Today, we needed to do four things:
- Eat a sandwich
- Print out a waistcoat pattern
- Go to Interpol
- Buy some fabric
It was not a wildly successful trip.
One interesting fact about Bolivia is that there are very few international fast food chains. In Cochabamba, there are no McDonald’s outlets, no Starbucks, and no Subway, although it does have a Burger King.
Instead, there is a little sandwich shop whose clientele, captive in the lack of Subways, pays prices that wouldn’t be out of place in London for baguettes with a nasty tendency to dribble water and diluted mayo. Their main selling point is that the vegetables are “clean”.
It is precisely this shop that my partner has developed cravings for. So, I sat and watched him much on a foot-long pork sandwich for 38 Bs; approximately £3.80. A handsomely-sized “personal” pizza, presumably for a rather large person, at a well-to-do restaurant down the road costs 35 Bs.
The waistcoat pattern
At the first shop I visited, I explained that I needed this pattern in either A0 or lots of bits of A4. The woman’s face went blank at this. She asked a colleague, who had no idea. Helpfully, I took a piece of A4 paper from my rucksack to demonstrate. “Oh, that’s a special size,” she said. “We could do it for you, but it would be 600 Bs.”
At shop number two, the woman explained to me the impossibility of printing just one document. I made a mental note to return if I needed 300 waistcoats patterns.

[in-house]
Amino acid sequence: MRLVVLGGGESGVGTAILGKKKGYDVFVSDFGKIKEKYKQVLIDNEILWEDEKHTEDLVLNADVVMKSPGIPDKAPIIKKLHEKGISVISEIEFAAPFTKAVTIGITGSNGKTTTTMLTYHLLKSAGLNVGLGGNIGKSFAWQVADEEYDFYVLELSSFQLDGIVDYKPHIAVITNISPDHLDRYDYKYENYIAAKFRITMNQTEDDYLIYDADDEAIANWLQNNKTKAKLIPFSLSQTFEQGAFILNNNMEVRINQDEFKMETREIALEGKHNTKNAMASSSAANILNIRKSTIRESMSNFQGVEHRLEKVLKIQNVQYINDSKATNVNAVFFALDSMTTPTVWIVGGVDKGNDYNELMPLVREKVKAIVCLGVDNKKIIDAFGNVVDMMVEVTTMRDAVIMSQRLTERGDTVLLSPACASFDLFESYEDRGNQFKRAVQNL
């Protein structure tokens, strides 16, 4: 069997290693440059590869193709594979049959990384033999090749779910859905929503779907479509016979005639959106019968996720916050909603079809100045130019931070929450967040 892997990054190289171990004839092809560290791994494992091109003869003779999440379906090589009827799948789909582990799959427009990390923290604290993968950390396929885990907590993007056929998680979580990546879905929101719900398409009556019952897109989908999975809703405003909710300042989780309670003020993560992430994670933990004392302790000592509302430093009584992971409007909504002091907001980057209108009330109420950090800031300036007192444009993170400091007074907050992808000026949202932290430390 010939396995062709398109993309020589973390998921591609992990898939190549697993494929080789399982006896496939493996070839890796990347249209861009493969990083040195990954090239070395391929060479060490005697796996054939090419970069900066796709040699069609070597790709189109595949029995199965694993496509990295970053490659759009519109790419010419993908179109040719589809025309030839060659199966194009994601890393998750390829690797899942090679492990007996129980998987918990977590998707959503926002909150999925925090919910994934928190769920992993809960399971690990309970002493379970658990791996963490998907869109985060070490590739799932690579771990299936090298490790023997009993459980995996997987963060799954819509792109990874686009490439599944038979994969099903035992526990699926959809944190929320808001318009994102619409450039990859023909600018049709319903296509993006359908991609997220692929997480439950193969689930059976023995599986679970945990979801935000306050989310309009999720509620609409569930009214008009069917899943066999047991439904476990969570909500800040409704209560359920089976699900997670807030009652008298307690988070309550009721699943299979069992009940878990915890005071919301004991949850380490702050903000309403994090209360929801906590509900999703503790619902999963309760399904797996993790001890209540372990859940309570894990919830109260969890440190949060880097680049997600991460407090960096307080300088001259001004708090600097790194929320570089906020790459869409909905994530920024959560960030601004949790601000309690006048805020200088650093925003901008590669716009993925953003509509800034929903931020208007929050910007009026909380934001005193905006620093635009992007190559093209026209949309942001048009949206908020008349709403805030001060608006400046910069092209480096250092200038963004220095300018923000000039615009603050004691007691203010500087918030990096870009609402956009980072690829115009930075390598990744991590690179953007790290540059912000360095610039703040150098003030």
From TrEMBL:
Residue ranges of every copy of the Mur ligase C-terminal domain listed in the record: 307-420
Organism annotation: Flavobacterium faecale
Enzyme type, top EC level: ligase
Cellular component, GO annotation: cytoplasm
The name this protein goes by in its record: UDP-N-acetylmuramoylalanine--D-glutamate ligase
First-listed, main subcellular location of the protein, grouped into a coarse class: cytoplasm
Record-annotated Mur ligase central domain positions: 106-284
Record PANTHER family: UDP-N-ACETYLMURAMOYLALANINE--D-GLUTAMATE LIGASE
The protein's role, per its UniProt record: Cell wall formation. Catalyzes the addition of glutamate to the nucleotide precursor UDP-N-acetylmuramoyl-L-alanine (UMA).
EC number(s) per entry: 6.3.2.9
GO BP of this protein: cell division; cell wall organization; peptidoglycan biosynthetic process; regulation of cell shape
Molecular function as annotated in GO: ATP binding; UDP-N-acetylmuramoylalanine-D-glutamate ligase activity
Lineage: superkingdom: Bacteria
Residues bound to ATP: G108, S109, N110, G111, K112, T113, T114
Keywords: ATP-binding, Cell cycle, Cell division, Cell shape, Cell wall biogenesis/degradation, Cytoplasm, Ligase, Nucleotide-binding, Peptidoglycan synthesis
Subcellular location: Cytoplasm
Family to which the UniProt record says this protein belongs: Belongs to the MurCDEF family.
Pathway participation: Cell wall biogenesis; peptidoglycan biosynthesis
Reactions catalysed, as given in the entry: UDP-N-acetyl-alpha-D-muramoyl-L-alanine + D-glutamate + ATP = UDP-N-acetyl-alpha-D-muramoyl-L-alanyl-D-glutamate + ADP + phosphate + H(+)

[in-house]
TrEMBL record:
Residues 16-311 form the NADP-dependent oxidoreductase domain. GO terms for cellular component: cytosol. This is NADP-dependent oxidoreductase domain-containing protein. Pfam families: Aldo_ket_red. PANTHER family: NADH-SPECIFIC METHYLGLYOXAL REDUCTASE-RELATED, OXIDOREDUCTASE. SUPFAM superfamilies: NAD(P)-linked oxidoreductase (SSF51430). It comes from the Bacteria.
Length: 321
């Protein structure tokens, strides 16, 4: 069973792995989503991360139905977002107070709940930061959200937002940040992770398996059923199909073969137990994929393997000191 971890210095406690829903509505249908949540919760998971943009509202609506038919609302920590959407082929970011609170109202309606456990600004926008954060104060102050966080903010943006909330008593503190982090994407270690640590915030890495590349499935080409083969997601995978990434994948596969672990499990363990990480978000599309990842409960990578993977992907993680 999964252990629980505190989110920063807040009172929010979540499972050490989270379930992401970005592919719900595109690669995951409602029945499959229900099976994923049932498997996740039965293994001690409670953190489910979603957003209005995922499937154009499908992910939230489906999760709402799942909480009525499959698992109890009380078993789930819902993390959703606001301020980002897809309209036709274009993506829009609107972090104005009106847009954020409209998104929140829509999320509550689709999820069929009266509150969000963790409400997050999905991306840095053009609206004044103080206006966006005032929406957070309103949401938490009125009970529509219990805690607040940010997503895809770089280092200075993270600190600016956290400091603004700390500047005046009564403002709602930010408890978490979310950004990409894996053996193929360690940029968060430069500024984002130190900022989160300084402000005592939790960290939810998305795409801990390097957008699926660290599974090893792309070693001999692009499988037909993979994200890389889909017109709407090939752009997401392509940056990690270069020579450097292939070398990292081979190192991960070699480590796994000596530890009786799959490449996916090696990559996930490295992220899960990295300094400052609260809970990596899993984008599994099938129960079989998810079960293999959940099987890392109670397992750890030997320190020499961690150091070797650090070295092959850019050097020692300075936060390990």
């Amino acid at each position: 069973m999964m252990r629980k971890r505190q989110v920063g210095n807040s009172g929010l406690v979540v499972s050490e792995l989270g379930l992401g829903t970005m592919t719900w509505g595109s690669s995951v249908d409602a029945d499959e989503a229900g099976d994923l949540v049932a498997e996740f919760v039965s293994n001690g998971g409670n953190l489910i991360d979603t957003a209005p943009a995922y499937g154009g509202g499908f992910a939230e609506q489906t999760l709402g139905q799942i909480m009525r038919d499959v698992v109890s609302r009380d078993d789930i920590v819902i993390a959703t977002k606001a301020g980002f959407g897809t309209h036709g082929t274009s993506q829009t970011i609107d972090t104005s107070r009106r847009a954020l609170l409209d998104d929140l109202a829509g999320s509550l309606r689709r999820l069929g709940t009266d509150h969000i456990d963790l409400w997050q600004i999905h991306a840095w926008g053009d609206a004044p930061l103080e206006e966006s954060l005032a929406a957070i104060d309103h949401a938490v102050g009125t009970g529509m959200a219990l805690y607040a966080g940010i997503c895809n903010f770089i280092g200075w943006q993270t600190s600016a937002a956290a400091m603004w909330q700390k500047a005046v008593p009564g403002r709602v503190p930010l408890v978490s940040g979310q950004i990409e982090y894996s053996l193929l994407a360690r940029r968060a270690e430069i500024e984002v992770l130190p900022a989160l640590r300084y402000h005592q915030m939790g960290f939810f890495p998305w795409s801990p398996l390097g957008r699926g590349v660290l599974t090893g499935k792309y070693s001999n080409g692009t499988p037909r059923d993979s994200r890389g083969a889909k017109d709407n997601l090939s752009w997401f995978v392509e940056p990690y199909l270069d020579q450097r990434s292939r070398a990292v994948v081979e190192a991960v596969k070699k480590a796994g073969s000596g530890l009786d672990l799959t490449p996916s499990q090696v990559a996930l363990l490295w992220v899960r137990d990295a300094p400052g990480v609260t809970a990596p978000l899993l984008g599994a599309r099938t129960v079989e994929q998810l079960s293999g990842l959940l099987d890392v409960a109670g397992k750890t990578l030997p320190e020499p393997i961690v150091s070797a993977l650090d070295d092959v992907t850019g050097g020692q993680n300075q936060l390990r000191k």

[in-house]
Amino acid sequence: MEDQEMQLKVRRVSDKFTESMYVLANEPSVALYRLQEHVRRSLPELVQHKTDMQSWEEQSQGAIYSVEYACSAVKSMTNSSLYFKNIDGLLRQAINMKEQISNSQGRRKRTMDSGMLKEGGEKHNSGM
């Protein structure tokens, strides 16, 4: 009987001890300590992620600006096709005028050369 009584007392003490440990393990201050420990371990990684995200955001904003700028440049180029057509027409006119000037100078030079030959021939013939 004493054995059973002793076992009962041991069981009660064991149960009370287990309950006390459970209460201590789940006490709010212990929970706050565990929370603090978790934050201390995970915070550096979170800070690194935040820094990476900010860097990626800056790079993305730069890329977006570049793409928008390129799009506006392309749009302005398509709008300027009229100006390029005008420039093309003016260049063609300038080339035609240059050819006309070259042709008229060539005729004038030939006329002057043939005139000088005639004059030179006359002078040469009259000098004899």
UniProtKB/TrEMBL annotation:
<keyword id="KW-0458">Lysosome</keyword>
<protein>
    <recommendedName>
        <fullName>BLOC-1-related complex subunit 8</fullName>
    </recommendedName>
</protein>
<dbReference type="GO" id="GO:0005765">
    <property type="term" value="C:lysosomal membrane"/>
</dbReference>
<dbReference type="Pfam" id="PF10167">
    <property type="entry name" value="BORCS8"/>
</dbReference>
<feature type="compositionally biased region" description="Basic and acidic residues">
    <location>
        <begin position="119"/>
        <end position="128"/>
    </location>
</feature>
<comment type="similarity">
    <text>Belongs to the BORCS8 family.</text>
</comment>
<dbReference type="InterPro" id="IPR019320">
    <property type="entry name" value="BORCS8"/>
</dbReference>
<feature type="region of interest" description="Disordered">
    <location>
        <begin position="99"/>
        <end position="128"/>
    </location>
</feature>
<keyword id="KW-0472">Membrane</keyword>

At shop the third, the man’s face darkened. “Those sizes aren’t standard around here,” he said, adding ominously that it was perhaps common in the US. I sensed that I had crossed some kind of line with my arrogant paper dimension requests. He launched with grim satisfaction into a monologue about how if I wanted to print this funny size, I could go and buy my own paper and find a printer that would take it, but his machines wouldn’t.
My wicked paper imperialism and I gave up at this point.
To verify that we aren’t some kind of DAESH sleeper cell or El Chapo, Bolivia would like Interpol certificates from us before we can have a visa. Interpol, we were assured, is on the north side of Plaza Principal – you know, the one that is completely closed and in utter disarray while they refurbish everything from the paving to the pigeons.
We tried to walk along the north side, but a gun-toting policeman told us, while we ducked a falling cable from the works above, that we needed to go round the other side, and also that Interpol was on the other side of town.
On the other side of the work, a dutiful workman informed us that there was no entry. I asked him how, in this case, we were meant to get to Interpol. He seemed to consider, decide that he didn’t know, and then casually ignore the question, but while these expressions were playing out on his face, a stream of people walked past him, so we joined them.
We reached the end of the path, asked another policeman where Interpol was, and he, too, told us it was on the other side of town. At this point, out of time, we decided to postpone it for tomorrow.
On closer inspection, the shop on Avenida Ayacucho turned out to be catering for a specific audience, so we decided to look in the market tomorrow. But if you see photos of Andy in a waistcoat made of lacy, floral bridal wear, you’ll know we went back.